Here is a quick primer on house breaking. There’s a sample schedule at the end to give you a framework to follow in your puppy’s daily schedule.
House Breaking Overview
- When starting out in your house breaking plan, your 8-9 week old puppy will not be able to hold their bladder through an entire 8 hour period at night without having to go out once or go out very early in the morning.
- Your 8-11 week old puppy will sleep 15-18 hours of any 24 hour period in various 1-3 hour napping periods throughout the day and 5-7 hours at night.
- Your 8-11 week old puppy will have to go to the bathroom 8-10 times per day (every 2-3 hours)
- It will take 3-6 weeks to follow a schedule so that they understand bathroom rules. (this assumes no accidents –accidents make this period last longer)
- Your puppy will have to relieve themselves every time they awake and within 5 to 20 minutes after eating and drinking.
- Your mantra for puppy house-training will be “schedule, consistency and supervision”. If you can stick with this for the first month and a half, it will pay dividends for years – stick with it!
A big part of house breaking is having a consistent ritual for taking your pup out:
- Always take your puppy out to the same spot during your first month of house breaking
- Always go out the same door to the bathroom area. Ideally, it helps if this is the same door that your puppy will have access to during your supervised times in the house.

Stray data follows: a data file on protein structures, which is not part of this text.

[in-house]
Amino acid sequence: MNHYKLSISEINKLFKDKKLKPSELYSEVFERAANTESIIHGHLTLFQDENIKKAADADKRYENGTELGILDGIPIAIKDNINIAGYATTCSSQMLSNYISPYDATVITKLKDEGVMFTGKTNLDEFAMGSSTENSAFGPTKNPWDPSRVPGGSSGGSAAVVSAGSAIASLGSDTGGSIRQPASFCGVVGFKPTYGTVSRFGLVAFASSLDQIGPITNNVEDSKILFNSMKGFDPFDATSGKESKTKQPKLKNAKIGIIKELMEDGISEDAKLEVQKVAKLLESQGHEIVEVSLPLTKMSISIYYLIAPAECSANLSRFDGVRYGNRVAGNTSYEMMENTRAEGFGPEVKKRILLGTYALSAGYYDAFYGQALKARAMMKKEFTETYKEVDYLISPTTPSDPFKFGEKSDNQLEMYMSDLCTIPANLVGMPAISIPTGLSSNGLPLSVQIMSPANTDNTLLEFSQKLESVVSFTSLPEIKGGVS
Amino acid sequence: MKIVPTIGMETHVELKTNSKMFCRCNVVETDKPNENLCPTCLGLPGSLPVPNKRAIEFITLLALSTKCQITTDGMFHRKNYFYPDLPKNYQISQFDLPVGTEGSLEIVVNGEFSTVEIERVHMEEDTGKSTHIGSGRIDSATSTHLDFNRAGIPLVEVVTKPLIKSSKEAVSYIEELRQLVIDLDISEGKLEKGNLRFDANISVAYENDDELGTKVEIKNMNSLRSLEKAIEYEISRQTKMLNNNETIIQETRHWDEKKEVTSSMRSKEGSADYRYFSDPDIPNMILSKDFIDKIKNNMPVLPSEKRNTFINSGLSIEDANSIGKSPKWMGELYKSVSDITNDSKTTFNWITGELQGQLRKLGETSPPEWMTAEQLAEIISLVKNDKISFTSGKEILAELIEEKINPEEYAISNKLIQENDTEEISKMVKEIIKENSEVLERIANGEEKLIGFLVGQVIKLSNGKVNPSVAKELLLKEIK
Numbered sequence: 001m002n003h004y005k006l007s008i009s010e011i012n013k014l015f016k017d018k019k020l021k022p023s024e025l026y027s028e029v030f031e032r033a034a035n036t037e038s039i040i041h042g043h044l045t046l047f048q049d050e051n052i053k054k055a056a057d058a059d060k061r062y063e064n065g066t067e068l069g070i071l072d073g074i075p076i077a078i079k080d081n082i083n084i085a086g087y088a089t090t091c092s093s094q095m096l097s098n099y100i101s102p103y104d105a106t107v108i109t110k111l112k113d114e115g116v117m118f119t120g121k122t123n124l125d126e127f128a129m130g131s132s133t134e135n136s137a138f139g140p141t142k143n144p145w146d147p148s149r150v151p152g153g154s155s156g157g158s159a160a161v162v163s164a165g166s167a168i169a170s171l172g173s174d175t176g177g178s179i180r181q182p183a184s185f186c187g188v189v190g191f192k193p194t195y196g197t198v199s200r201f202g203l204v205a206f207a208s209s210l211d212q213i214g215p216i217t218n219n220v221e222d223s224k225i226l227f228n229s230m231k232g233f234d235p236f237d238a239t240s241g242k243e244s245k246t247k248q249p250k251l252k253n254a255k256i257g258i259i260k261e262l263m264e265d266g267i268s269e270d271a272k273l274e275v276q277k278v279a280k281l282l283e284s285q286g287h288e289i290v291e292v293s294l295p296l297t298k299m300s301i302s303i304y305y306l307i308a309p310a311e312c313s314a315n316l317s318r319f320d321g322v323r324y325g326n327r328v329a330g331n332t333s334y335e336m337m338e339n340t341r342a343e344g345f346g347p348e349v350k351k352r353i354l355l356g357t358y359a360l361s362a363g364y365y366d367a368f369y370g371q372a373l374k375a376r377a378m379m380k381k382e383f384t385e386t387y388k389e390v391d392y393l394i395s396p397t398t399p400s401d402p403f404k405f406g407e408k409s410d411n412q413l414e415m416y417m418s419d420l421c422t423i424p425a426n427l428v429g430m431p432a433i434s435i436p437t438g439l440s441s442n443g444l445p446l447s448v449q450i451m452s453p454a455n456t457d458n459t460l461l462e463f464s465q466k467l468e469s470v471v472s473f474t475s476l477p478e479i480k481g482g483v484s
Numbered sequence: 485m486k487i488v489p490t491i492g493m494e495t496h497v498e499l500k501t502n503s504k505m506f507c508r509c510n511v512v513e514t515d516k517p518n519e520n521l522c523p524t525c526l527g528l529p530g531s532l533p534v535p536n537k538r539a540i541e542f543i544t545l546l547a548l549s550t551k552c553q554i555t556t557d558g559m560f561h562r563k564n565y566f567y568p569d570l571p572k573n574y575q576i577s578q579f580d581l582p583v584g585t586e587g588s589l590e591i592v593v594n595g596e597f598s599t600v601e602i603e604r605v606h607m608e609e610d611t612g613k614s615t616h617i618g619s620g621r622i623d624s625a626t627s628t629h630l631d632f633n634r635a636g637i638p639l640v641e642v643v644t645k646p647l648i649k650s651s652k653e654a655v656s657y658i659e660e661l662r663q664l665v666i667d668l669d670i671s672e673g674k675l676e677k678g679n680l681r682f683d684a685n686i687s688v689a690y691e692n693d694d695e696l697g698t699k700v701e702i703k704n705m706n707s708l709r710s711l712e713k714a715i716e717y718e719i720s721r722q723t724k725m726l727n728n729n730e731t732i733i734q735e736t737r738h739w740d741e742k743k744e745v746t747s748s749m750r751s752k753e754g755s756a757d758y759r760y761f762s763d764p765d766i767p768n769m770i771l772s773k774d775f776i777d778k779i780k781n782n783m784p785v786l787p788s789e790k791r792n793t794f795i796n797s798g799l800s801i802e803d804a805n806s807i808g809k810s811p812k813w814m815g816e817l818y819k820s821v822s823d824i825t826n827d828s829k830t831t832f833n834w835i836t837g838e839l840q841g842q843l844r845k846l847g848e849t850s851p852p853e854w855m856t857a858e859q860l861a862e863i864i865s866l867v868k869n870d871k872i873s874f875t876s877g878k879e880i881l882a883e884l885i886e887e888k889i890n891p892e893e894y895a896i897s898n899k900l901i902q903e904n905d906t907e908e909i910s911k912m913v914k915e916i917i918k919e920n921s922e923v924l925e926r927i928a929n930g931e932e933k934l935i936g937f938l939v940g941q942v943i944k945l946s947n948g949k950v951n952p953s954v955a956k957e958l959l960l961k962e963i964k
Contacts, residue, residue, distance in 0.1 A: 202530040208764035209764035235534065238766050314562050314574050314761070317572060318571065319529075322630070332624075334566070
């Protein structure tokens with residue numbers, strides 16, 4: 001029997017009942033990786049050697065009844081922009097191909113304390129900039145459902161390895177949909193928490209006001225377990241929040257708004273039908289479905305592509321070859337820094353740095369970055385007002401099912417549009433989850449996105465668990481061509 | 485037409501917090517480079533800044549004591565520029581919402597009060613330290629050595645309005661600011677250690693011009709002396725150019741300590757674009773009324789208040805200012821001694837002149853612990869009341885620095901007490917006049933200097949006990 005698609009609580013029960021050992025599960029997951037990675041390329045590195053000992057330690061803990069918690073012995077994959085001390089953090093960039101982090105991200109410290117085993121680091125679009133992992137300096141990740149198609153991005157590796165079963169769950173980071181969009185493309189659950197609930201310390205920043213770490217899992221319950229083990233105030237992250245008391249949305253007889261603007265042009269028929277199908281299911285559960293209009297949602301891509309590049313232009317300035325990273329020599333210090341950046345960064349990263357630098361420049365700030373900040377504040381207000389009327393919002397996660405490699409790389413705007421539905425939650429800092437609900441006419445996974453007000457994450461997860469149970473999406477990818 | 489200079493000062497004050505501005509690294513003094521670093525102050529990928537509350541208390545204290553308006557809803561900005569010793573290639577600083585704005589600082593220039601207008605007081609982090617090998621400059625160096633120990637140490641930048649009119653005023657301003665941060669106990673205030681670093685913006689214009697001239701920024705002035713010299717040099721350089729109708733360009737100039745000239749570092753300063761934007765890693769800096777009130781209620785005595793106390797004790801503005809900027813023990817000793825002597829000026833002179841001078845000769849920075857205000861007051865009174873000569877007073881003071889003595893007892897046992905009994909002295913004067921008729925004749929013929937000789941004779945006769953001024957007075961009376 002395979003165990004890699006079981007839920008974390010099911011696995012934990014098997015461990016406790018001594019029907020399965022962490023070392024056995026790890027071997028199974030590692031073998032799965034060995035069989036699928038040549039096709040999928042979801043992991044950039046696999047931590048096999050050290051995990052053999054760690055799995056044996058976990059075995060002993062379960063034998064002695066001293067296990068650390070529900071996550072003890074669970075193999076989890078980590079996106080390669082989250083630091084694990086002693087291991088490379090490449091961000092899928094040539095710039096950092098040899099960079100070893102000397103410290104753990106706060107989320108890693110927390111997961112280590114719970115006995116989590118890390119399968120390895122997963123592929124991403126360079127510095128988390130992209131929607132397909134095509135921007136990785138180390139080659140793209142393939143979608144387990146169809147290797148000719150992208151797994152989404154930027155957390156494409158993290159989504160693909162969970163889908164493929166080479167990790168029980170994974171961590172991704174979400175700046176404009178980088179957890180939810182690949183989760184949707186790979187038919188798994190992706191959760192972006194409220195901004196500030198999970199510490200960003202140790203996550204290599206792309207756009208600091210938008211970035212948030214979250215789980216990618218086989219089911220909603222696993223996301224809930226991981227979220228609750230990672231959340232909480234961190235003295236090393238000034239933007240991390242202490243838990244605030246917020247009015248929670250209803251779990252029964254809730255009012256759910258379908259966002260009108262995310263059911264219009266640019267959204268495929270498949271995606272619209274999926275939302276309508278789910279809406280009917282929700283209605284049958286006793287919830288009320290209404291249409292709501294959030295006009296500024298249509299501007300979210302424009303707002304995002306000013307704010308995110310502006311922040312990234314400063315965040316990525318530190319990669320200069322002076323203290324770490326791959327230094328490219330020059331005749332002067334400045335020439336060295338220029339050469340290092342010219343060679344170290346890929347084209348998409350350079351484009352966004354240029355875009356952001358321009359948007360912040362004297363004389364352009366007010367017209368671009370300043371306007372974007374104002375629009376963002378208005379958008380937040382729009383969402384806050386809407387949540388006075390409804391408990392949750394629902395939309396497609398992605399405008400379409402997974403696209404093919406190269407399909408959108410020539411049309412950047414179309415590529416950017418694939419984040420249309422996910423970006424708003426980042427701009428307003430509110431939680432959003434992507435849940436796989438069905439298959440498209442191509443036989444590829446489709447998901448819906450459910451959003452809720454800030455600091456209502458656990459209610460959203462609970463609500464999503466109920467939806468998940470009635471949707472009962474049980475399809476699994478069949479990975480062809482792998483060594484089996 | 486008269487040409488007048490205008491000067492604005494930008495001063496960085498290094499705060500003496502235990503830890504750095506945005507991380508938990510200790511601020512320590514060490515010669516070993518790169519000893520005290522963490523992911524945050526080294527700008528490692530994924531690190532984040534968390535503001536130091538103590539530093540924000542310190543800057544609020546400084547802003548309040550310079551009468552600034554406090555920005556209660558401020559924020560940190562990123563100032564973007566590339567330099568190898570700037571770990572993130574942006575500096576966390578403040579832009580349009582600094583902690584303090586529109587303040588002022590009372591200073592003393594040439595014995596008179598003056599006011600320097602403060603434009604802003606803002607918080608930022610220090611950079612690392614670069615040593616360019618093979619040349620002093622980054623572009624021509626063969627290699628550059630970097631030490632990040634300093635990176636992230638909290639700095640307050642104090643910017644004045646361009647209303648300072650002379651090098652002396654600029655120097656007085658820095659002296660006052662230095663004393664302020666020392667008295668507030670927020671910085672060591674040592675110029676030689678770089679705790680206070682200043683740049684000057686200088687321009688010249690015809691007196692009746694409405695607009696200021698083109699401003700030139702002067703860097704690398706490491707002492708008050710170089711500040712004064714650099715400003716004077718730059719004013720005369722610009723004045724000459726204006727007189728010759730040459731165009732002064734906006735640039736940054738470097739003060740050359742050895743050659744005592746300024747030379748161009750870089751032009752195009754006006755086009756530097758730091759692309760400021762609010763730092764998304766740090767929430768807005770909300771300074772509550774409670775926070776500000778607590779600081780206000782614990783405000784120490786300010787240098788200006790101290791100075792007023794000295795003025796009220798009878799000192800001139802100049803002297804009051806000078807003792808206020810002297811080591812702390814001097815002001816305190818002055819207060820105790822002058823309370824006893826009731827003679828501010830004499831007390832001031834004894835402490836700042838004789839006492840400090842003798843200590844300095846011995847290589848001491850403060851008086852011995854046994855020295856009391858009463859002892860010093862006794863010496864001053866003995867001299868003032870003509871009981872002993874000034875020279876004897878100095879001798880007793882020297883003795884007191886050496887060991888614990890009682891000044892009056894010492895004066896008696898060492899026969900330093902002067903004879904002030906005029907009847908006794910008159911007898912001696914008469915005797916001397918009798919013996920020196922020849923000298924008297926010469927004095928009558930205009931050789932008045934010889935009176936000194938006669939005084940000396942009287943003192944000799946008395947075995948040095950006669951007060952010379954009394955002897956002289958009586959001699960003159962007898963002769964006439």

- Always go outside with your puppy rather than let them run outside alone to potty.
- As you open the door, while you’re walking them out to the “spot”, repeat the word “outside?” as they follow along with you praise them. You may need to pick them up, and physically move them to the open door in the first few days, if they get distracted for even a second or two.
- After your puppy has been conditioned to a leash, always take them out to potty on leash.
- Once you reach the bathroom area, as they sniff around, begin to repeat the phrase that you’re going to consistently use, that means “go to the bathroom”. (For example: “go potty!”, “Go pee!”, “Do your business!”)
- In your first few weeks of house breaking, be sure to praise them once the puppy relieves herself outside. You can also offer a treat after they’re done. (Be careful though that the praise isn’t so vigorous that it startles your puppy while they’re relieving themselves)
- IMPORTANT HOUSE BREAKING TIP: Stay outside a little longer after they have relieved themselves. It’s not uncommon for a puppy to go to the bathroom a couple of times if they’re outside exploring for more than 10 – 20 minutes.
- PLEASE DON’T (once you’ve conditioned your pup to a leash) carry your puppy out to the bathroom area for regular (non-emergency) trips. If you do all the work in taking them outside by carrying them then they don’t transition to going to the door and walking “outside” themselves.
Body Language: Indications of having to “go”!